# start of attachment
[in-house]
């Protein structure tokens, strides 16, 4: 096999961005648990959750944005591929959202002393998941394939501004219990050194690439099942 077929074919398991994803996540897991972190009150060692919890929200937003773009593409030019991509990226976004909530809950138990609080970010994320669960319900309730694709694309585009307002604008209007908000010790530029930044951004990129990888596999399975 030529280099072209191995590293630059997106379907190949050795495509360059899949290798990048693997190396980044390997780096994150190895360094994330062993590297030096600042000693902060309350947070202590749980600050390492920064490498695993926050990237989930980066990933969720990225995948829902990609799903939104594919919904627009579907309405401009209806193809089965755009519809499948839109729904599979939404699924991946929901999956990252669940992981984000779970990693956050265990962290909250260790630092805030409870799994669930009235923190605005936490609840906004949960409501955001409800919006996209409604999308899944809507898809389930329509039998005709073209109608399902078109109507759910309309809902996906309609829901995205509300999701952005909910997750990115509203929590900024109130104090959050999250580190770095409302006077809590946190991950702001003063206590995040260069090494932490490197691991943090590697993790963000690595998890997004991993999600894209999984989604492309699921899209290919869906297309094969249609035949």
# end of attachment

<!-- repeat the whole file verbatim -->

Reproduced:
[in-house]
């Protein structure tokens, strides 16, 4: 096999961005648990959750944005591929959202002393998941394939501004219990050194690439099942 077929074919398991994803996540897991972190009150060692919890929200937003773009593409030019991509990226976004909530809950138990609080970010994320669960319900309730694709694309585009307002604008209007908000010790530029930044951004990129990888596999399975 030529280099072209191995590293630059997106379907190949050795495509360059899949290798990048693997190396980044390997780096994150190895360094994330062993590297030096600042000693902060309350947070202590749980600050390492920064490498695993926050990237989930980066990933969720990225995948829902990609799903939104594919919904627009579907309405401009209806193809089965755009519809499948839109729904599979939404699924991946929901999956990252669940992981984000779970990693956050265990962290909250260790630092805030409870799994669930009235923190605005936490609840906004949960409501955001409800919006996209409604999308899944809507898809389930329509039998005709073209109608399902078109109507759910309309809902996906309609829901995205509300999701952005909910997750990115509203929590900024109130104090959050999250580190770095409302006077809590946190991950702001003063206590995040260069090494932490490197691991943090590697993790963000690595998890997004991993999600894209999984989604492309699921899209290919869906297309094969249609035949």